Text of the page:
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Booklist’s Top 10 First Novels: 2017

By Donna Seaman

The finest first novels reviewed in Booklist over the last 12 months take readers into a climatically and socially dire future and a traumatic past as well as the churning minds of an autistic girl, a reluctant mother, a concerned daughter, an intrepid college freshman, and an undocumented Mexican immigrant.

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American War

by Omar El Akkad

The American South has once again attempted to secede from the Union amid the ravages of global warming in El Akkad’s gripping cautionary tale of one family’s struggles to survive in a catastrophically disrupted world.

Knopf, 2016.

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StarA Booklist Starred Review.

The Fortunate Ones

by Ellen Umansky

Indelible aspects of the Holocaust and its aftermath are brought together in Umansky’s original and moving portrayal of Rose Zimmer, a former child refugee from Vienna, and lawyer Lizzie Goldstein.

William Morrow, 2017.

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StarA Booklist Starred Review.

Ginny Moon

by Benjamin Ludwig

Compellingly narrated by autistic, newly adopted Ginny Moon, who, at 13, can’t forget her birth mother or sister, Ludwig’s novel is an unforgettable page-turner about family and how special-needs children are treated.

Park Row Books, 2017.

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Click for a Discussion Guide.

A Booklist Review.

Goodbye, Vitamin

by Rachel Khong

Rachel returns home to help her mother care for her father as he struggles with dementia in Khong’s tender, deadpan-funny, and affecting drama about memory, self, and caregiving.

Henry Holt, 2017.

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StarA Booklist Starred Review.

The Gringo Champion

by Aura Xilonen, Translated by Andrea Rosenberg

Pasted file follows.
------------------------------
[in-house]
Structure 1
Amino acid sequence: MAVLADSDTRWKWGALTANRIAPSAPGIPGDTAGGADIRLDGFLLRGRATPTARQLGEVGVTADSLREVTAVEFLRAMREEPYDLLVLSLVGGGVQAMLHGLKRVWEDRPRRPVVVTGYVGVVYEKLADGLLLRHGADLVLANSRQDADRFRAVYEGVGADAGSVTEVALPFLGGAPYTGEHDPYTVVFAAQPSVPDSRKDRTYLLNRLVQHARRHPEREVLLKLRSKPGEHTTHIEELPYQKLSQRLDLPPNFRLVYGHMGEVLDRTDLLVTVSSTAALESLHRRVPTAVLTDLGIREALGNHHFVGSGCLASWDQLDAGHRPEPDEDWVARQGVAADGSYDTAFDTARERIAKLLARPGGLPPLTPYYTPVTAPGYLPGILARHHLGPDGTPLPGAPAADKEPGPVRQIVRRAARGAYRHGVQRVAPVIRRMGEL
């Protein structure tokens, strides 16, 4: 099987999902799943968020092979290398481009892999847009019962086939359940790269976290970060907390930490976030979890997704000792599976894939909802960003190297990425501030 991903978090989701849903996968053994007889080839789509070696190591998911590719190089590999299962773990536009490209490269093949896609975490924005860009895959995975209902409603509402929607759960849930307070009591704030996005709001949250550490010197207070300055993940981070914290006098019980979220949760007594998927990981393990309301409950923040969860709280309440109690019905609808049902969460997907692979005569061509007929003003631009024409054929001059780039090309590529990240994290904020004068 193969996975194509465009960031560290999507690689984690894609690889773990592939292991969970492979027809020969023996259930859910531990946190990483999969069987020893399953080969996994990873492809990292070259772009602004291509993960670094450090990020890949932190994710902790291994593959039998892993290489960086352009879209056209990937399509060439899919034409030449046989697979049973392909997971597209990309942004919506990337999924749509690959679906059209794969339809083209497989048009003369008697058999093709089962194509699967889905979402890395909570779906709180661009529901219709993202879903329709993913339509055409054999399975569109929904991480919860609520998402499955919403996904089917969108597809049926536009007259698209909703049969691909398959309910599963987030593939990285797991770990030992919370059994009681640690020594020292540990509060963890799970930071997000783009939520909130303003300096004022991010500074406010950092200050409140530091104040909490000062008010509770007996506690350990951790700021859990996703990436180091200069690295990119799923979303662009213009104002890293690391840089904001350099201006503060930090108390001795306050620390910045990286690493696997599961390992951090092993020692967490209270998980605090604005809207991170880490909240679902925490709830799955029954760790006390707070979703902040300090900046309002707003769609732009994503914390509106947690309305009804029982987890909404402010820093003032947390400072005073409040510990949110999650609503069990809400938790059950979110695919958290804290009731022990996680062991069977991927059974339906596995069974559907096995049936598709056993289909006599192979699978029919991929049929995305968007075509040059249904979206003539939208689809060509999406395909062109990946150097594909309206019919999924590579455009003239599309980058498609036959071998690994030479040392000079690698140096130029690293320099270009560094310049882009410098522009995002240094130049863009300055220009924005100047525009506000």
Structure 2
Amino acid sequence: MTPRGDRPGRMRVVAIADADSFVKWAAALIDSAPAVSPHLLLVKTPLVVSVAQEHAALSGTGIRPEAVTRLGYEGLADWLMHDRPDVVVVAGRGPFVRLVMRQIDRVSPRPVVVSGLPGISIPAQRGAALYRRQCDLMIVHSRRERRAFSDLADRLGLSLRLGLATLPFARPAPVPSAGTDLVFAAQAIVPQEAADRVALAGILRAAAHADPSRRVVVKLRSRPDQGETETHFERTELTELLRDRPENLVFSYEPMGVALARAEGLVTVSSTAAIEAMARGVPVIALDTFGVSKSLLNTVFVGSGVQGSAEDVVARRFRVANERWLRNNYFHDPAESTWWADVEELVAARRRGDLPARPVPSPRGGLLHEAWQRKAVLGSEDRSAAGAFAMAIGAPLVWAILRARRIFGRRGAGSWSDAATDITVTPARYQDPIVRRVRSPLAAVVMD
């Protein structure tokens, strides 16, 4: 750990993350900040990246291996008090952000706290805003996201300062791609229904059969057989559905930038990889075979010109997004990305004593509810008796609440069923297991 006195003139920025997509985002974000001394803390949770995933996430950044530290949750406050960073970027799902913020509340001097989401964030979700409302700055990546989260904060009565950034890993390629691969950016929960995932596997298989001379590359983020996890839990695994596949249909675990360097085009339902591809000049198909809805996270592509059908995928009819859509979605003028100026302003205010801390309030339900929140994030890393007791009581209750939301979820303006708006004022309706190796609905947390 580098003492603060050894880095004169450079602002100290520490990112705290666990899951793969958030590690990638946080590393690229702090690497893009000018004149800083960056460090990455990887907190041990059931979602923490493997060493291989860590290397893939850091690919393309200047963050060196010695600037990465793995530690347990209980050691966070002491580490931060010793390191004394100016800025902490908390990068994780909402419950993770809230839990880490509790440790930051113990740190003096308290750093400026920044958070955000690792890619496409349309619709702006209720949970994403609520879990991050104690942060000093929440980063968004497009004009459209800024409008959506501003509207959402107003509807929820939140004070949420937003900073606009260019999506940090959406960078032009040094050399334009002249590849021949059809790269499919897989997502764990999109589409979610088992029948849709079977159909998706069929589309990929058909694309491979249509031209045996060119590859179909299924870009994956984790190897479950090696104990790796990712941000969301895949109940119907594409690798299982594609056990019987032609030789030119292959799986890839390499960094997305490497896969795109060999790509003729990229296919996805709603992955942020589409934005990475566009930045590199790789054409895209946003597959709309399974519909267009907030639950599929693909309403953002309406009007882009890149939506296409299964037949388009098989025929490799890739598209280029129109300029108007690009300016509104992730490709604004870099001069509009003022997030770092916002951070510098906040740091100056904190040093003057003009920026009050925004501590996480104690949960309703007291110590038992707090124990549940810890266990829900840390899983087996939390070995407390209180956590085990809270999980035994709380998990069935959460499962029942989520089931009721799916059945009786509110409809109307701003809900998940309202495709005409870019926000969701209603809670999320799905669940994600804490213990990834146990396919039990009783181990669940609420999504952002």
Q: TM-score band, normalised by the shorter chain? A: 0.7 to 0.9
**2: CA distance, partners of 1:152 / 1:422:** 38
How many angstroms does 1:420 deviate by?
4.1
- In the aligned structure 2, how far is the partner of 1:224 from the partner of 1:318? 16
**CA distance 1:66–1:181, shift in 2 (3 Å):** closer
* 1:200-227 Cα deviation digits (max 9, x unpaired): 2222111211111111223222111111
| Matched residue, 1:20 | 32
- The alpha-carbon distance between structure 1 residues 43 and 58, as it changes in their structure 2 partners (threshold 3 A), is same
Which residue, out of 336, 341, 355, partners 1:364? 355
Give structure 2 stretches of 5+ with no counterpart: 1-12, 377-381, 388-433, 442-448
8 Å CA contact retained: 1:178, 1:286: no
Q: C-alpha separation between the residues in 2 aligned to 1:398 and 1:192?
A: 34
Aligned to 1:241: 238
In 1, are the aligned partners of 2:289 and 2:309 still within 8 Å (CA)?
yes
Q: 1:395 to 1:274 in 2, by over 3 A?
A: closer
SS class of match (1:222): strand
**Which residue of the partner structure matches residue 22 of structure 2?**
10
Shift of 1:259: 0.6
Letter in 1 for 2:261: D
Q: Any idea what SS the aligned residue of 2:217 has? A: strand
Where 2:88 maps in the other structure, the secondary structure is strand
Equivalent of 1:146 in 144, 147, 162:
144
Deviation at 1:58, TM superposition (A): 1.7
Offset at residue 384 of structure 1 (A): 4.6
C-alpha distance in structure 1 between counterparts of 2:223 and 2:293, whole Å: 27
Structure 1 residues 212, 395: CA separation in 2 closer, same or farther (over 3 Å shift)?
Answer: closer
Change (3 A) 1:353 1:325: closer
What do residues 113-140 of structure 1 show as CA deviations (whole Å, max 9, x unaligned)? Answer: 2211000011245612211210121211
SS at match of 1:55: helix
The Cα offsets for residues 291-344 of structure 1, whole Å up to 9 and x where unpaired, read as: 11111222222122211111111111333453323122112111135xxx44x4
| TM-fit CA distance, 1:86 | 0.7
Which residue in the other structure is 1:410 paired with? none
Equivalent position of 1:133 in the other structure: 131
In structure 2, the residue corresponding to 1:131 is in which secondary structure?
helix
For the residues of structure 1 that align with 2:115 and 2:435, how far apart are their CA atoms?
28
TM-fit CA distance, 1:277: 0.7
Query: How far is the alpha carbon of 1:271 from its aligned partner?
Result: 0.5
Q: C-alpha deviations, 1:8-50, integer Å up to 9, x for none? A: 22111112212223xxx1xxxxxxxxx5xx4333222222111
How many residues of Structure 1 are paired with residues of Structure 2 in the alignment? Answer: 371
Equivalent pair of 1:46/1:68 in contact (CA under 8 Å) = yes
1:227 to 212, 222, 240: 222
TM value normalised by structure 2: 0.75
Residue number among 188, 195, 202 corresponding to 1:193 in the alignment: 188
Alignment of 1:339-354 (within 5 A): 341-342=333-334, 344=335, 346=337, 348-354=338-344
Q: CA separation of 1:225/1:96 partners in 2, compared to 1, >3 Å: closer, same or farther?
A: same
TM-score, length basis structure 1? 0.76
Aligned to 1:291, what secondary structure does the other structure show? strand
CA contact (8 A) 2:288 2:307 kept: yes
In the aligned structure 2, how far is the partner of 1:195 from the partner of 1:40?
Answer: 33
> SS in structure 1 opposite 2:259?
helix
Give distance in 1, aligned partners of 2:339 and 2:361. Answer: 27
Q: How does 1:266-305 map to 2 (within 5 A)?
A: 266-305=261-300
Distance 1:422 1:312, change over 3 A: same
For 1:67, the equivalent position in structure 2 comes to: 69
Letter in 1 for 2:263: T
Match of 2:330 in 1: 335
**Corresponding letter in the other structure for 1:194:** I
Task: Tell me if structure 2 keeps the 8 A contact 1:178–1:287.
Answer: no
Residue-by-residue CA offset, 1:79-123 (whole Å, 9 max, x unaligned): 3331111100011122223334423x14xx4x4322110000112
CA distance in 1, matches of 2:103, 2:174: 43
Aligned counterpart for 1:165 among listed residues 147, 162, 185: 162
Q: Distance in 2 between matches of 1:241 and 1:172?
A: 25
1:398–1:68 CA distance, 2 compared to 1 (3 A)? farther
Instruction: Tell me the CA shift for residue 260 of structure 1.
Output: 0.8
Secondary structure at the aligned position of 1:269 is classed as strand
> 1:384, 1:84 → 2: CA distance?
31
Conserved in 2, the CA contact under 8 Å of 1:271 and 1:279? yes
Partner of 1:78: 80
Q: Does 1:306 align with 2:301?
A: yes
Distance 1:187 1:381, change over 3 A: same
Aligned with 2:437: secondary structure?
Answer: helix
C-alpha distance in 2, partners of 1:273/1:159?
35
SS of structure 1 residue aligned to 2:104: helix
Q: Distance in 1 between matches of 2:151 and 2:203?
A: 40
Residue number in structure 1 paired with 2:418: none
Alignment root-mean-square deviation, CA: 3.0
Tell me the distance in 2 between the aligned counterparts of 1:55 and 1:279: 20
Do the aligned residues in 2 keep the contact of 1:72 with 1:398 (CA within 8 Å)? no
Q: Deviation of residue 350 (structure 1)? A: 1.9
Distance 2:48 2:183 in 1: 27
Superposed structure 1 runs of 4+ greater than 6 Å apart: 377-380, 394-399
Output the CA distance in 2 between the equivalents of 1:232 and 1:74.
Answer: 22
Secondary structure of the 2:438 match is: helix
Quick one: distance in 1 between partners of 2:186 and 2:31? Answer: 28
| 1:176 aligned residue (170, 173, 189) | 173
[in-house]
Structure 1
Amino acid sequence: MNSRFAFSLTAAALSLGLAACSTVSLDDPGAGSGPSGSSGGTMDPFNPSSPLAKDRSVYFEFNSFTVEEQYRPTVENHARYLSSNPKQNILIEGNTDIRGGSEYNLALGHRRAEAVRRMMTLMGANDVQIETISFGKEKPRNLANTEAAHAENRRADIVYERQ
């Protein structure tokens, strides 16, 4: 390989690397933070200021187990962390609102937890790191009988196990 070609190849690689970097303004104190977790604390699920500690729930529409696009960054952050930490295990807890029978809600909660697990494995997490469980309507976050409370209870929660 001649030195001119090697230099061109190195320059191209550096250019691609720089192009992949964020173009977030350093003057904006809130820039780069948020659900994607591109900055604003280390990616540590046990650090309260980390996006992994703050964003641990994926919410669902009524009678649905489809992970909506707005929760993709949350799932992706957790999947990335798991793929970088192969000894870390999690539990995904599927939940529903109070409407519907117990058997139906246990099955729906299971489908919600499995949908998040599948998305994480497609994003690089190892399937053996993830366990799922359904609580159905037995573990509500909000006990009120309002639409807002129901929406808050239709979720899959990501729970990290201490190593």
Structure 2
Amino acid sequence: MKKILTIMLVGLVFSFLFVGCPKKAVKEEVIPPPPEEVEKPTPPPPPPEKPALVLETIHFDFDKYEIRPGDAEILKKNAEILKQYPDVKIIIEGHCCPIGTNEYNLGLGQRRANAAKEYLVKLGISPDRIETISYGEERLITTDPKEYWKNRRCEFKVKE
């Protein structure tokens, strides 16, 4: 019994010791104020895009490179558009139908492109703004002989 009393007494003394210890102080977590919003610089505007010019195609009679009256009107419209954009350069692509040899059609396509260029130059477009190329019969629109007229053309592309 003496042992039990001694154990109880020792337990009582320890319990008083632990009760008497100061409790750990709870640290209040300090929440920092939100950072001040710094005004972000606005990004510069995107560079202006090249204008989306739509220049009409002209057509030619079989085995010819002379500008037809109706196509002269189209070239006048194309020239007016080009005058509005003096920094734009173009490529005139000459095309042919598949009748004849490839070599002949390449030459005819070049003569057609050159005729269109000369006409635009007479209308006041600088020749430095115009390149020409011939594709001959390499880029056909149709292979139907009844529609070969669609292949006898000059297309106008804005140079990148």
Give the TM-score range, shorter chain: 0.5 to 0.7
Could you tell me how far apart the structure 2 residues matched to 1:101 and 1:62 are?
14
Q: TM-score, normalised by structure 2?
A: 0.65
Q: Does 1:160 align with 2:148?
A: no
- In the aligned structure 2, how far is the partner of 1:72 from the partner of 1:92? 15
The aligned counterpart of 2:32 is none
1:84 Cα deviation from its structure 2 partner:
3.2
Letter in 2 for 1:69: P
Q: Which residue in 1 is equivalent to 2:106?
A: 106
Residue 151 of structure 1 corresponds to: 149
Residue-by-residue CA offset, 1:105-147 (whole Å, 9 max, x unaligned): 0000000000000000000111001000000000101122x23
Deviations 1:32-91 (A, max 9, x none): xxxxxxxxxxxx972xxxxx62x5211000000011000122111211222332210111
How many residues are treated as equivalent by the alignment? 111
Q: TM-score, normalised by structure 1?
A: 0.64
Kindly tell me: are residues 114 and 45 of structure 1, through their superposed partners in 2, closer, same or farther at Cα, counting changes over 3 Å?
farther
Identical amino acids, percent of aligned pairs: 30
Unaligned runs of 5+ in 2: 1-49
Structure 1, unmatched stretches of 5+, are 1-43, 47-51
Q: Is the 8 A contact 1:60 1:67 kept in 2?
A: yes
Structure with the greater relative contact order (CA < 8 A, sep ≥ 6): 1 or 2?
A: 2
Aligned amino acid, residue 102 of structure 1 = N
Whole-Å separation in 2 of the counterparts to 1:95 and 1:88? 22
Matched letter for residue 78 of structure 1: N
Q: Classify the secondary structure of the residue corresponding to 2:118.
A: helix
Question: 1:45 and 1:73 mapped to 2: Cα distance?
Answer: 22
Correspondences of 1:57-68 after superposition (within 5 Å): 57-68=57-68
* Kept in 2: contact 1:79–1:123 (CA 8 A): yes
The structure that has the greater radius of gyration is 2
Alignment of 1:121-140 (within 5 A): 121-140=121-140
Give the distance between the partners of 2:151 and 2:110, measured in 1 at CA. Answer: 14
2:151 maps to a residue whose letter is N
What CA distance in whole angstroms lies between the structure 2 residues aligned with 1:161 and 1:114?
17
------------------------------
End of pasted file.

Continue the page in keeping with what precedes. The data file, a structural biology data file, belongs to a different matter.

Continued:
After suffering abuse and violence, Mexican immigrant Liborio finds salvation in books, love, and boxing in Xilonen’s irresistible, boundaries-pushing stream-of-consciousness novel about unrequited love, endurance, and triumph.

Europa, 2017.

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StarA Booklist Starred Review.

The Idiot

by Elif Batuman

Batuman’s entrancing and droll debut novel, set in 1995 and narrated by a high-strung Turkish American Harvard freshman who spends her summer teaching English in a Hungarian village, incisively dramatizes the messy forging of a self.

Penguin Press, 2017.

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StarA Booklist Starred Review.

No Other World

by Rahul Mehta

An immigrant family from India is besieged by secrets, suppressed desires, the hardships of western New York, racism, sexual abuse, and loneliness in Mehta’s vivid and emotionally resonant first novel of personal and cultural collisions.

Harper, 2017.

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StarA Booklist Starred Review.

The Resurrection of Joan Ashby

by Cherise Wolas

Joan did not want to be a mother, and, sure enough, when she ends up with two sons, all her fears come true in Wolas’ breathtaking novel, which does for motherhood what Gone Girl (2012) did for marriage.

Flat Iron, 2017.

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StarA Booklist Starred Review.

The Shell: Memoirs of a Hidden Observer

by Mustafa Khalifa, Translated by Paul Starkey

Syrian political-commentator-in-exile Khalifa presents a powerful and important debut novel in the form of a diary kept by a Syrian who returns home after studying film in France and is inexplicably thrown into a horrific desert prison.

Interlink Books, 2017.

StarA Booklist Starred Review.

What We Lose

by Zinzi Clemmons

Thandi’s grief over the death of her mother intensifies when she has children in Clemmons’ illuminating debut about race, identity, family, and socioeconomic access.

Viking, 2017.

StarA Booklist Starred Review.

Donna Seaman is Adult Books Editor for Booklist, a recipient of the Studs Terkel Humanities Service Award, a member of the Content Leadership Team for the American Writers Museum, and a frequent presenter at literary events and programs. Seaman’s new book is Identity Unknown: Rediscovering Seven American Women Artists.

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